Following the death of yet another cyclist on Scotland roads I was deeply saddened to see the following letter in The Herald newspaper:
Onus should be on the cyclists
Tuesday 23 July 2013
ONCE again the strict liability law is being peddled with the aim of protecting cyclists and pedestrians (Agenda, The Herald, July 19).
The writer, Brenda Mitchell, states “our goal is to change the culture among road users”.
As a pedestrian and former cyclist I would suggest that rather than attempting to change the law and further burdening other road users the only culture that needs changing is that of the cyclist.
Among the initiatives they may consider adopting are wearing suitable clothing and protective equipment (for head and hands) and obeying the current motor traffic laws – and not riding upon the footpath.
Perhaps it is also time for legislators to require all cyclists to fit, and sound, a suitable warning device in order to alert unsuspecting pedestrians to their presence.
In short, the public at large would be better protected if cyclists obeyed the law as it stands rather than seeking to introduce legislation that would be nothing more than another impost upon the motoring public who, after all, already pay to use the road.
Ian F Mackay,
5 Smillie Place,
Lets just take a closer look, Mr Mackay starts by asserting that he is a “pedestrian and former cyclist”. Why does he feel the need to do this? We are all pedestrians at some point, and why is he a “former cyclist”? Oddly he doesn’t tell us, he also doesn’t let us know whether or not he is a driver (although it is implied), again why? Could it be that he is embarrassed to admit to being a driver, when he goes on to complain about “further burdening other road users” before going on to suggest that the only problem is with cyclists. Which other road users would this be? Are pedestrians and horse riders going to feel that a strict liability law is going to burden them? Or would the more vulnerable users of public space feel that a law making the operators of dangerous and heavy machinery being used that space liable (under civil law) for their actions, giving the most vulnerable greater protection? After all, this has been shown to be effective in the workplace where there is a strict liability on employers to ensure safe working practices.
He suggests that cyclists “may consider adopting wearing suitable clothing and protective equipment (for head and hands)” – is this for the protection of other roads user? Or merely trying to pass the blame when cyclists are injured by negligent actions of other road users? To use the workplace analogy again, the use of “safety equipment” is not a substitute for operating potentially dangerous machinery in a safe manner.
Then comes “obeying the current motor traffic laws – and not riding upon the footpath”. Hum, are cyclists “motor traffic”? Certainly they are traffic, as are pedestrians (the origin of the word traffic is from the Arabic word taraffaqa, which means ‘to walk along slowly together’, only in the late 20th century did it become “to drive along slowly together”, we needn’t go into the origin of the word “jam”). However, according to Mr Mackay, it is the failure of cyclists to obey laws which is the cause of all the harm to roads users. This fails to explain why not a single one of the 54 pedestrians killed on Scotland’s roads last year were killed by a person riding bicycle, all where killed as a result of being hit by motor vehicles.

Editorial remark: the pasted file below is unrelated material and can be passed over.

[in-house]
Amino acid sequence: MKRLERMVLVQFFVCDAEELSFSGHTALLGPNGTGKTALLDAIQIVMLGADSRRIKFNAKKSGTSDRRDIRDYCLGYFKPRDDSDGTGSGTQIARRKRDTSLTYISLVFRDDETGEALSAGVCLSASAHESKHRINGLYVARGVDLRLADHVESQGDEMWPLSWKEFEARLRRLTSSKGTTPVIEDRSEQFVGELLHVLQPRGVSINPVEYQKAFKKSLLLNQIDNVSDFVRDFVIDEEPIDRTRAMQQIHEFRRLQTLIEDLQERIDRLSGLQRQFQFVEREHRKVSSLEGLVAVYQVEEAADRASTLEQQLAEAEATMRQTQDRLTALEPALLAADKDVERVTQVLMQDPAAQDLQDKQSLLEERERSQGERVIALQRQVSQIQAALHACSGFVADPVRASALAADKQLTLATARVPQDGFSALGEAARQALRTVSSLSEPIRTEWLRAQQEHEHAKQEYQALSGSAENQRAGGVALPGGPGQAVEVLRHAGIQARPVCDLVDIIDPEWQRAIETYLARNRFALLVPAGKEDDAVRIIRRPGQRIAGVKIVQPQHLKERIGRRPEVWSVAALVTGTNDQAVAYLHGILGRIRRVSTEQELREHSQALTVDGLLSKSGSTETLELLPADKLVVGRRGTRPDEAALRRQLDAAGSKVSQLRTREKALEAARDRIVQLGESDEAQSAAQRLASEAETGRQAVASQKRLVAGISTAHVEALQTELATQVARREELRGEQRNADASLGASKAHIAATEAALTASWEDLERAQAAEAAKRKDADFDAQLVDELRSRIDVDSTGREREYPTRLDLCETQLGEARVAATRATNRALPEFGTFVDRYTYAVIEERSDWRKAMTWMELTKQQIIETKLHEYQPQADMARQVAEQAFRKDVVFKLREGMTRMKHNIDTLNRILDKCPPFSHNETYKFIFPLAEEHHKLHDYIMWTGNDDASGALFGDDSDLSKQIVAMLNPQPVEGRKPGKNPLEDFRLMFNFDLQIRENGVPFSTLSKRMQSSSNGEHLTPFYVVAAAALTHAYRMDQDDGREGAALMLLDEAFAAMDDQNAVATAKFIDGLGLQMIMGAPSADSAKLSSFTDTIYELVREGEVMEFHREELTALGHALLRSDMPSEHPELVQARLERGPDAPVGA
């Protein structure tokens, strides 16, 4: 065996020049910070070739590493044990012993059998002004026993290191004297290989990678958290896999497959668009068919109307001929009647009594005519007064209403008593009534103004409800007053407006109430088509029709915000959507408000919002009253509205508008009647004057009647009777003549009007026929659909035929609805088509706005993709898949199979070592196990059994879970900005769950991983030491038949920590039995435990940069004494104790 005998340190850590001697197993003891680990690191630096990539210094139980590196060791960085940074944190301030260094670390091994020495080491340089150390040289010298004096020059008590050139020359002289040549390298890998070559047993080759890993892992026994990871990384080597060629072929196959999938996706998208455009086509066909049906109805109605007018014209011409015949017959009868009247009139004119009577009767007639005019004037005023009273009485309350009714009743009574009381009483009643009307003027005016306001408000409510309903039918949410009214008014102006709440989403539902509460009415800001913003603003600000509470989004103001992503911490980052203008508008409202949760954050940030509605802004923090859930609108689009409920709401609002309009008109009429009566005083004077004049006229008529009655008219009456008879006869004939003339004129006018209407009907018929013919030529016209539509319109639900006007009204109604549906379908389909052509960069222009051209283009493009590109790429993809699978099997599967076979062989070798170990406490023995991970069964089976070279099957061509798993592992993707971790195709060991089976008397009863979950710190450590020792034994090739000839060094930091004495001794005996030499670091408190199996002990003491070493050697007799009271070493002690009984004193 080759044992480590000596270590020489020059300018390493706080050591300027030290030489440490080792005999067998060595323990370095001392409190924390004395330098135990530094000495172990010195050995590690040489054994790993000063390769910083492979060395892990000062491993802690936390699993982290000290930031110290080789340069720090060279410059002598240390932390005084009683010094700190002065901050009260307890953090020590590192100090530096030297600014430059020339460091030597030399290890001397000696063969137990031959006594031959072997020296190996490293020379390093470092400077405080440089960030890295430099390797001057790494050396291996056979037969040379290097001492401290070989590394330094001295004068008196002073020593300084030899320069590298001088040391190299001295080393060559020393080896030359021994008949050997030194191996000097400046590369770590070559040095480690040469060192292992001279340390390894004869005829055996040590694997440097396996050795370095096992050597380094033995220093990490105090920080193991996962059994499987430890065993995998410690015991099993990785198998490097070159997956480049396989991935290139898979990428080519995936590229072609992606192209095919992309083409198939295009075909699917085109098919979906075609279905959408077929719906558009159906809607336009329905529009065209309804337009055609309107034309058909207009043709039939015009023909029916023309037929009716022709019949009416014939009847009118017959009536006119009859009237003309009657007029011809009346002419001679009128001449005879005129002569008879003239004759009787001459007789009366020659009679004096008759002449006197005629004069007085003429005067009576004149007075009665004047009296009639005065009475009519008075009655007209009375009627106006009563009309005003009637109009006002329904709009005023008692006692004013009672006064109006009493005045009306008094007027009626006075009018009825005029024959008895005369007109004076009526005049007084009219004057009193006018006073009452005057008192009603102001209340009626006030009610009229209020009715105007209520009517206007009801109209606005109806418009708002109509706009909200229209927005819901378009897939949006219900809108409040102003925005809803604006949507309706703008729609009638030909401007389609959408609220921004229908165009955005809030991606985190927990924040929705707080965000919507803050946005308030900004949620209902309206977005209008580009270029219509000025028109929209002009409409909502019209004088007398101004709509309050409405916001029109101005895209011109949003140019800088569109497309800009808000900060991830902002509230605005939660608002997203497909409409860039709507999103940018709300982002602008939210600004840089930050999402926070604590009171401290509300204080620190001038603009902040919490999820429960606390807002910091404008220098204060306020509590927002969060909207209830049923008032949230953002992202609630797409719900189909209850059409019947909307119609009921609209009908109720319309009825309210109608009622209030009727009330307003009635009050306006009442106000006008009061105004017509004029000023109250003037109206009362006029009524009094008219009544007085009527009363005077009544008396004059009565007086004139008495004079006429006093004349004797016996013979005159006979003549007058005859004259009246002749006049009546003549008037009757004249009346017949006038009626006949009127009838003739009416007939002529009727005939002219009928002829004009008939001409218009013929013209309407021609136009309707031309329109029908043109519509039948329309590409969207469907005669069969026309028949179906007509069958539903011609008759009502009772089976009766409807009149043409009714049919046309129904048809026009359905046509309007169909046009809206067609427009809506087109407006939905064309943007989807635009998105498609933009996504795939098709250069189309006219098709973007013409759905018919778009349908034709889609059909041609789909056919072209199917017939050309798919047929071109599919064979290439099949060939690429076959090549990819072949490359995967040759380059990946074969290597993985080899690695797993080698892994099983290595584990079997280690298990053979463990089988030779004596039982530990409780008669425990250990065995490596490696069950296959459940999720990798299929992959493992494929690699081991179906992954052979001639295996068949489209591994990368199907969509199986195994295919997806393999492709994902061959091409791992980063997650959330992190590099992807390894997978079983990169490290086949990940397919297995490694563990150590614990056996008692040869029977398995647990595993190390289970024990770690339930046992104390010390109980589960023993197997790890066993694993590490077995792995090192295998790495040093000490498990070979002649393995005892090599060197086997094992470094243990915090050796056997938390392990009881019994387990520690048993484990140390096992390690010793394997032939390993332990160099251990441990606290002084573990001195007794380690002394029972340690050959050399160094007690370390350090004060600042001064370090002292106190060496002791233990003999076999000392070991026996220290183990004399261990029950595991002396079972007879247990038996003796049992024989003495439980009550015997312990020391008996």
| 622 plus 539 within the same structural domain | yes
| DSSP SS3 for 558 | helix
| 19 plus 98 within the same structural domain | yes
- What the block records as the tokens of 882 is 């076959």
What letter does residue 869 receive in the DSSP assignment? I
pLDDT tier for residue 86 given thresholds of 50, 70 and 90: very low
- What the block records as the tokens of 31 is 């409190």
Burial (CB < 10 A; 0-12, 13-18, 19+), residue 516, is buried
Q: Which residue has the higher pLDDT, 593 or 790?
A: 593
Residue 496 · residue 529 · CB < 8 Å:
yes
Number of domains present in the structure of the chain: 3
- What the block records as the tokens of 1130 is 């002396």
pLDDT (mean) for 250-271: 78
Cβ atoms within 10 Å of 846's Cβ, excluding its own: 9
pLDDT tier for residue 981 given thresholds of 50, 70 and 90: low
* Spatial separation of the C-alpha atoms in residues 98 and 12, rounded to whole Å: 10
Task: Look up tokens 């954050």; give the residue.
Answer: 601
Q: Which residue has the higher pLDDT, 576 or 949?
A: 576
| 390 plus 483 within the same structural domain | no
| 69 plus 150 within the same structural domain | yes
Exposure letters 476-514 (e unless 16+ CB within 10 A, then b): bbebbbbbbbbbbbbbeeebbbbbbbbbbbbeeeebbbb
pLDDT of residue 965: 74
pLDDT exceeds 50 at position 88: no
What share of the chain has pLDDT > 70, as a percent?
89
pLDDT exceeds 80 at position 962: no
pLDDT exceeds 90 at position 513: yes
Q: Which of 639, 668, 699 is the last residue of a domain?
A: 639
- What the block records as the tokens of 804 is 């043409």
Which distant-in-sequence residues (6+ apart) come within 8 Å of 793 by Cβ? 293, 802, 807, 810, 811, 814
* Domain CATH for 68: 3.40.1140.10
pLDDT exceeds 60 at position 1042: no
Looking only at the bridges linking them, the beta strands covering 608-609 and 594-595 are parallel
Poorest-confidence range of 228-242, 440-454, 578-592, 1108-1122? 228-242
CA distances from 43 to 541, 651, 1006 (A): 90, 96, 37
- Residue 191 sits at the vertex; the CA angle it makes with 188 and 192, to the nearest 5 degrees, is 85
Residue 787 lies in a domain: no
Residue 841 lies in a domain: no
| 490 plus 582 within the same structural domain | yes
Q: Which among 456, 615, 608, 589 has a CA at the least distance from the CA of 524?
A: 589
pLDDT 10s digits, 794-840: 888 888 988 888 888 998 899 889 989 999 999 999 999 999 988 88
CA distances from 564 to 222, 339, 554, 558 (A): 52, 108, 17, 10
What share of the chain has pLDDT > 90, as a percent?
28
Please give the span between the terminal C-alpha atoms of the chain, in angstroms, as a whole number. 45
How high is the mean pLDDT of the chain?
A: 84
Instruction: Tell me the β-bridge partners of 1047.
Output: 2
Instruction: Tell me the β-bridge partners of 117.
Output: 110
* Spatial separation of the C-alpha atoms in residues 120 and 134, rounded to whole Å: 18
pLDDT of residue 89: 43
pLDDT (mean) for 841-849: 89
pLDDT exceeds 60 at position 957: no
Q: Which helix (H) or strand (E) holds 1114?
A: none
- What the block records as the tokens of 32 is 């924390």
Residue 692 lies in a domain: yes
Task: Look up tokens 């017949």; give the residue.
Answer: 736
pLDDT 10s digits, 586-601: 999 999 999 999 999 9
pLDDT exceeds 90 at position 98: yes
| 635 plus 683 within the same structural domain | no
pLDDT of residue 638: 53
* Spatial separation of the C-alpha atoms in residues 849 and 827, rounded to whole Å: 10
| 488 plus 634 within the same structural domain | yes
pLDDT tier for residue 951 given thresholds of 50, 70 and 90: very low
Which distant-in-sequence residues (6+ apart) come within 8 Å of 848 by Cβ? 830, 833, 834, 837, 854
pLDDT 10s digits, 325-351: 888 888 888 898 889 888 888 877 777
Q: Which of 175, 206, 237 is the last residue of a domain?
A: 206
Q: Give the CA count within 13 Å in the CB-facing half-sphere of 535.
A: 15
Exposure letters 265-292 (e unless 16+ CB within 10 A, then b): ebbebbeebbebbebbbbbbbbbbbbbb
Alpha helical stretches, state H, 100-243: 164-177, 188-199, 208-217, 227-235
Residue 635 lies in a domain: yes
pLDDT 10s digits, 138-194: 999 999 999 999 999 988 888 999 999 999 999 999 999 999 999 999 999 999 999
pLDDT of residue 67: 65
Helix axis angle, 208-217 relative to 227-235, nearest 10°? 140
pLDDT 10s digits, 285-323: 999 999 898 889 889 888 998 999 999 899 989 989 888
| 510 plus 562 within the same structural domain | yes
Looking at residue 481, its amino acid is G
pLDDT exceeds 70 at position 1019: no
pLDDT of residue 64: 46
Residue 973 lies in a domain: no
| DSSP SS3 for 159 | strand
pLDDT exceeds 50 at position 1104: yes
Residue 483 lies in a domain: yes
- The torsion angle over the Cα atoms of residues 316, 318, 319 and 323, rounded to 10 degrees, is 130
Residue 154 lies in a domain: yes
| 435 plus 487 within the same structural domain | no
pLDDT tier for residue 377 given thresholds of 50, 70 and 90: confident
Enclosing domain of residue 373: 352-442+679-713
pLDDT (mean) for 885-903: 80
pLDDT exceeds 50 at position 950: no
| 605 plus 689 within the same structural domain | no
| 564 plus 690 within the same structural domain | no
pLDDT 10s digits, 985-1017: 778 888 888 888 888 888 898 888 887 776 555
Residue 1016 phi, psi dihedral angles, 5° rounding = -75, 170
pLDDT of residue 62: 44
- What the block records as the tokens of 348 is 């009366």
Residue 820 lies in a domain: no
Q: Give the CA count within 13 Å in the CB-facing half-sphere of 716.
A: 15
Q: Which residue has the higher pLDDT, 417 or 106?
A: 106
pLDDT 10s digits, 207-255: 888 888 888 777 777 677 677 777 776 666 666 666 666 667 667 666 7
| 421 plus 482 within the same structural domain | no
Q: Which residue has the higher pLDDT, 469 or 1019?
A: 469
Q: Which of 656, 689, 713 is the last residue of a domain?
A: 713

Next, we come to “Perhaps it is also time for legislators to require all cyclists to fit, and sound, a suitable warning device in order to alert unsuspecting pedestrians to their presence.” How exactly will this help to deal with the problem of 54 pedestrians killed on Scotland’s roads? Some of those were mown down by motor vehicles driven on the foot way, others killed while crossing the road at pedestrian crossings by motorists jumping the lights. Oh, but of course, Mr Mackay isn’t concerned with the real issue of people being killed or the roads being too dangerous for many people to ride a bike on. He has given no thought as to why shared use paths are over crowded and how we might go about dealing with this issue, such as making the roads safer and providing a fairer allocation of space to non-motorists. He is more worried that bad drivers might actually be held to account for the injuries and deaths they cause, which is what would happen if we were to “introduce legislation that would be nothing more than another impost upon the motoring public” (although the version I have proposed would also apply to cyclists).
Instead, according Mr Mackay bad driving is apparently OK and should continue to tolerated, on the grounds that “the motoring public who, after all, already pay to use the road.” So there we have it, we shouldn’t do anything to hold bad drivers to account, because they pay “road tax”. Of course there is a major flaw in this argument, there is no such thing as “road tax” , we all pay for the roads, and we should all have the right to be safe from harm by others whilst using those roads.